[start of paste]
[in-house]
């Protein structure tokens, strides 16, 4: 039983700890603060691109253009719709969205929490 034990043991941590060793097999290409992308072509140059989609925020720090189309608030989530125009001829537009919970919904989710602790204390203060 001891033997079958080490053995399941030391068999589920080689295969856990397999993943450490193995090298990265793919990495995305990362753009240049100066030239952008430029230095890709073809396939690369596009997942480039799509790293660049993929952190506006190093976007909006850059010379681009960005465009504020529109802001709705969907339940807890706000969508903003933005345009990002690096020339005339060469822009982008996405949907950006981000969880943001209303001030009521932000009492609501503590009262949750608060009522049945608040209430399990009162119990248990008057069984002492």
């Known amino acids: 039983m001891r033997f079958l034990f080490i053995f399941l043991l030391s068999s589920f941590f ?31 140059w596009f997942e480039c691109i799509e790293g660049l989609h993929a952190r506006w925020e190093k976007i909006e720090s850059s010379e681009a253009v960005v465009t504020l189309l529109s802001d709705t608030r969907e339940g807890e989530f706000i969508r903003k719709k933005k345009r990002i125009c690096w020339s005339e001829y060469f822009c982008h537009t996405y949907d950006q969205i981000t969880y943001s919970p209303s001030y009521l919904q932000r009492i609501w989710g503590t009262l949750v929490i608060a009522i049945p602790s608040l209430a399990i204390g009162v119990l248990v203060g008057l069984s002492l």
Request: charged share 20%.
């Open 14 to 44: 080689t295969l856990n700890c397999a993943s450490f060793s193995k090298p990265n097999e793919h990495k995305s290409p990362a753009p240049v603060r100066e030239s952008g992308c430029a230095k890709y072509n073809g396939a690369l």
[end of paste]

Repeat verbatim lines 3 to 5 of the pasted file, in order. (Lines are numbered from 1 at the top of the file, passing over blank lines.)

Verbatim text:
């Known amino acids: 039983m001891r033997f079958l034990f080490i053995f399941l043991l030391s068999s589920f941590f ?31 140059w596009f997942e480039c691109i799509e790293g660049l989609h993929a952190r506006w925020e190093k976007i909006e720090s850059s010379e681009a253009v960005v465009t504020l189309l529109s802001d709705t608030r969907e339940g807890e989530f706000i969508r903003k719709k933005k345009r990002i125009c690096w020339s005339e001829y060469f822009c982008h537009t996405y949907d950006q969205i981000t969880y943001s919970p209303s001030y009521l919904q932000r009492i609501w989710g503590t009262l949750v929490i608060a009522i049945p602790s608040l209430a399990i204390g009162v119990l248990v203060g008057l069984s002492l």
Request: charged share 20%.
């Open 14 to 44: 080689t295969l856990n700890c397999a993943s450490f060793s193995k090298p990265n097999e793919h990495k995305s290409p990362a753009p240049v603060r100066e030239s952008g992308c430029a230095k890709y072509n073809g396939a690369l």